What is God's nature? Is God one Being? Two? Three? Bible students have long searched for the answers to these questions. The truth is both simple and profound.
Martin Collins maintains that mainstream Christianity does not know who God the Father really is, seeing Him as a relatively ineffectual third Member of a closed Trinity, largely responsible for harnessing mankind with a harsh oppressive law that Jesus lat. . .
John Ritenbaugh points out that when people do not have the fear of God, they drift away from Him. At the first Pentecost, only a fraction of Christ's total audience (about 120) were left, those who feared God, trembled at His word, and were really committ. . .
Focusing upon Galatians 4:6, John Ritenbaugh reiterates that Jesus Christ constitutes that Spirit that had been designated to dwell within us. There is no third person in a closed trinity. Jesus Christ and God the Father are one in spirit and purpose, purp. . .
Martin Collins continues his analysis of Malachi's appeal to the lethargic people of Judah, an appeal emphasizing God's love, reminding them that their lack of blessings emanated from their abandonment of their Covenant with God. Malachi assures them that . . .
If we understand the function of the Old Covenant as explained in Leviticus, we will better understand the New Covenant and not reject the law of the Savior.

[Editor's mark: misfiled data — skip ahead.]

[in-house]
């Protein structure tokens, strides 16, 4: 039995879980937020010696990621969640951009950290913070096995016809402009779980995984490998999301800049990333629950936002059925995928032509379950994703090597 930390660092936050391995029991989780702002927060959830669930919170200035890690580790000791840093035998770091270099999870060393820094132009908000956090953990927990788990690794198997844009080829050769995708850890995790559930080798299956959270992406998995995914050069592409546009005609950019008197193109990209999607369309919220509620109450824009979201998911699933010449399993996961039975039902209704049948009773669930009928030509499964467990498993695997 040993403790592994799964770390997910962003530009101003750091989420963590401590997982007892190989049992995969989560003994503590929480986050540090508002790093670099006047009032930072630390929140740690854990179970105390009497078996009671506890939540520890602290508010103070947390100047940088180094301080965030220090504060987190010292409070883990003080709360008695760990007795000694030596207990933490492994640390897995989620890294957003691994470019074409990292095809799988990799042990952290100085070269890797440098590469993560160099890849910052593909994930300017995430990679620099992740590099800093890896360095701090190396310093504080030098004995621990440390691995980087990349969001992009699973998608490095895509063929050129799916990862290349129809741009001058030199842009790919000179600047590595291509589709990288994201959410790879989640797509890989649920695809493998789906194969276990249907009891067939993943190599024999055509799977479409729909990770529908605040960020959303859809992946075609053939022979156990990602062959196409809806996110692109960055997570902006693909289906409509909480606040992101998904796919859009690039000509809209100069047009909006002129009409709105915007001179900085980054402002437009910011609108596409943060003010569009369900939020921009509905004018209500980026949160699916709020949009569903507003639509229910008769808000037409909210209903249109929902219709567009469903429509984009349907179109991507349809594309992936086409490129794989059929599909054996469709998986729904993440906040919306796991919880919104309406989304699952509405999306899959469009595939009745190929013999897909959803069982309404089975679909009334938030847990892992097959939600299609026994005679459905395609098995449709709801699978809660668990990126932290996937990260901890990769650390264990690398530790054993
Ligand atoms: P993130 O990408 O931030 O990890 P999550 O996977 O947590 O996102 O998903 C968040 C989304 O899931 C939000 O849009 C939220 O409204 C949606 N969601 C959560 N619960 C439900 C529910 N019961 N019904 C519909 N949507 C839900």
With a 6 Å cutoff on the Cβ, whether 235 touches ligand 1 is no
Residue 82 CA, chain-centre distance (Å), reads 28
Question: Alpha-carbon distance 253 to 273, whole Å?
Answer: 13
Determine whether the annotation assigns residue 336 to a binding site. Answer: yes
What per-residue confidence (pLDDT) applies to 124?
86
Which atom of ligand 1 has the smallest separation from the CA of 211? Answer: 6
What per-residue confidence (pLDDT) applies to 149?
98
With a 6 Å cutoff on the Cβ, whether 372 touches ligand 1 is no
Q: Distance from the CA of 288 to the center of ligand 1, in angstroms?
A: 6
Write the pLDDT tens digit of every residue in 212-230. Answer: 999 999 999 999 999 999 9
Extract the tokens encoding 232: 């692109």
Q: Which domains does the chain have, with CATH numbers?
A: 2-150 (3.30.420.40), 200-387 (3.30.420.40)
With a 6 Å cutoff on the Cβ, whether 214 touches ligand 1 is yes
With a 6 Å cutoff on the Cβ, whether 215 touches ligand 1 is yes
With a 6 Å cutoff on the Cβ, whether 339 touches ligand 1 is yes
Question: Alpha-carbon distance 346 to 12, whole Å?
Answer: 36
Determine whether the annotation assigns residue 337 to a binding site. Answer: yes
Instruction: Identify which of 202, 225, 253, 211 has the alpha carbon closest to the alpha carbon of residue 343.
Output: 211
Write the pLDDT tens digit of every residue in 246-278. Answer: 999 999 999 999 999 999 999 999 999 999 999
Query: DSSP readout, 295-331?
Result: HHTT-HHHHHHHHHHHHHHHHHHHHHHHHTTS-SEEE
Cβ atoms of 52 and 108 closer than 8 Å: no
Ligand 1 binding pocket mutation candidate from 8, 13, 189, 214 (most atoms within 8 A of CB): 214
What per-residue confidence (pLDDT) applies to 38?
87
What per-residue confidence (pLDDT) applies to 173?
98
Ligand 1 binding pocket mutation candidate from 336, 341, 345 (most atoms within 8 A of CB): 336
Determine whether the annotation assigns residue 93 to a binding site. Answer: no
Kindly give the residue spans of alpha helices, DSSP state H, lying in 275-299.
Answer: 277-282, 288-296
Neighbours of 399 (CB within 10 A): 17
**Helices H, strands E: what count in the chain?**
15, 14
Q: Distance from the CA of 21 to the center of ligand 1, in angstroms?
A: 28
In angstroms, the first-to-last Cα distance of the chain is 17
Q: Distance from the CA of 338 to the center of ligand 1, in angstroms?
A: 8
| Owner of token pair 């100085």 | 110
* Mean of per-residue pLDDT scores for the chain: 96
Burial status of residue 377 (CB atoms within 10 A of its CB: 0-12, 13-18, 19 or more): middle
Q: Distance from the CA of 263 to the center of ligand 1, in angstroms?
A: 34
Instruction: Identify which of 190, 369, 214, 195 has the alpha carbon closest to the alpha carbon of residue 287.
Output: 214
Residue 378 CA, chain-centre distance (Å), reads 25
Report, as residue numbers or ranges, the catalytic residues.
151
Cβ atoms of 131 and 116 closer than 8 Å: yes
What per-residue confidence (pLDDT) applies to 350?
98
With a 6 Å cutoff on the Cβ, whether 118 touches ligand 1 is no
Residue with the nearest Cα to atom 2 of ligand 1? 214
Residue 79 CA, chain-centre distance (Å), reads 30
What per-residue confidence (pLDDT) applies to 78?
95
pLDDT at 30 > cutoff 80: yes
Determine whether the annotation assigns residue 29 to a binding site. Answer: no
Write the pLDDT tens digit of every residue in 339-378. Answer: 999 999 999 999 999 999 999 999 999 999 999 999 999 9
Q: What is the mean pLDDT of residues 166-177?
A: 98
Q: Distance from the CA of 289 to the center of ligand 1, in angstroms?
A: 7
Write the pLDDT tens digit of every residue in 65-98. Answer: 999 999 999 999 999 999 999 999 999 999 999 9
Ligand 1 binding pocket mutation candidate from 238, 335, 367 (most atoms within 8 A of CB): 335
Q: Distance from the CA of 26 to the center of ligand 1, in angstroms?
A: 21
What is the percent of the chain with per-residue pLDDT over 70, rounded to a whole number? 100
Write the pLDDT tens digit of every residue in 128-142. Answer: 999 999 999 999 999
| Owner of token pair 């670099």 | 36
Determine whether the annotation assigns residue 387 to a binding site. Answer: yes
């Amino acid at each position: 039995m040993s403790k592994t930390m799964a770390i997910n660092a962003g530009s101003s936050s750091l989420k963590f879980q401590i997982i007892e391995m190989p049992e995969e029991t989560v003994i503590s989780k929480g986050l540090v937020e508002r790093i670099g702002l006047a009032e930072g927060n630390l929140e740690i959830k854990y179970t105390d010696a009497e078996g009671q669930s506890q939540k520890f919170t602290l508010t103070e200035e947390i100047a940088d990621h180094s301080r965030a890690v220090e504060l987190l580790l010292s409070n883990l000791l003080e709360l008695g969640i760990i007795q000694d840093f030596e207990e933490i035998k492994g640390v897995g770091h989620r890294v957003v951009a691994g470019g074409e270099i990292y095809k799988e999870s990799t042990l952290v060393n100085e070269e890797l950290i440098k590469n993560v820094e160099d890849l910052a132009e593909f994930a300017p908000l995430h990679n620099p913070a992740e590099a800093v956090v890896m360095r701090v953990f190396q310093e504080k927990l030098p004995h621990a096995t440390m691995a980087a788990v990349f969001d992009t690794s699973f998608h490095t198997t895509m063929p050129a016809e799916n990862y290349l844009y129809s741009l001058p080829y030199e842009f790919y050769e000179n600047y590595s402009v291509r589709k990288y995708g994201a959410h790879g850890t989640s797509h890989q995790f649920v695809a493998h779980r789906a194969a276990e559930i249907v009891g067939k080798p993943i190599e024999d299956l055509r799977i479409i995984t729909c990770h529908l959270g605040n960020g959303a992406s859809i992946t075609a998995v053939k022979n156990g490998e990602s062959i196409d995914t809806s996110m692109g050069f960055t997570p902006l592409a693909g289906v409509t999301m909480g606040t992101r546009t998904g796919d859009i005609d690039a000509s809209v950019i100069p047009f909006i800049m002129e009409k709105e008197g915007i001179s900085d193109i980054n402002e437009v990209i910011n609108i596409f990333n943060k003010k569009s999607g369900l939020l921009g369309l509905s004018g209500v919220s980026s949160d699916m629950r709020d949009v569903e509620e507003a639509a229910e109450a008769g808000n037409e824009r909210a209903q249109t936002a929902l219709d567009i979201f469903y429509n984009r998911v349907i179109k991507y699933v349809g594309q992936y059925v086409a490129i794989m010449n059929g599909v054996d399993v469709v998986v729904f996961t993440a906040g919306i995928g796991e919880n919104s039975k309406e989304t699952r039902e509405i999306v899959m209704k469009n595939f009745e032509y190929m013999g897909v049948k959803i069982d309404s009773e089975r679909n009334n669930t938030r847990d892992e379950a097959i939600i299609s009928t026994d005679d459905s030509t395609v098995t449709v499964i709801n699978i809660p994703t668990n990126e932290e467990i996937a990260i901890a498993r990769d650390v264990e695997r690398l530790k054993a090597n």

John Ritenbaugh observes that without our special calling and the gift of God's Holy Spirit, we would be about as clueless as to the purpose of our life as Solomon was throughout Ecclesiastes. Understanding is totally different from knowledge. Some people . . .
To some, Barabbas is nothing more than an interesting detail in Christ's trial. However, his presence during that event contains significant implications for us.
Jesus Christ was not just an extraordinary man, but also possessed the massive intellect needed to create, design and implementing all manner of life—He was God.
God did not give us a spirit of fear or bondage. Faith is the antidote to a spirit of slavish cowardice and timidity, the opposite of boldness from the Holy Spirit.
Richard Ritenbaugh, responding to a Trinitarian's objection to the word "it" when referring to God's Spirit, systematically analyzes bogus, Neo-Platonic, philosophical underpinnings of the Trinity doctrine, including the equivocal misapplication . . .
John Reid, reflecting upon the deplorable situation of paternal deprivation (both from the prevalence of single parent families and the insensitive aloofness of many fathers in in-tact families), asserts that emotional and spiritual well being of offspring. . .
Our lives must be totally wrapped up in Christ, exemplifying His character. As we overcome, taking the same steps as Christ did, we will receive His reward.
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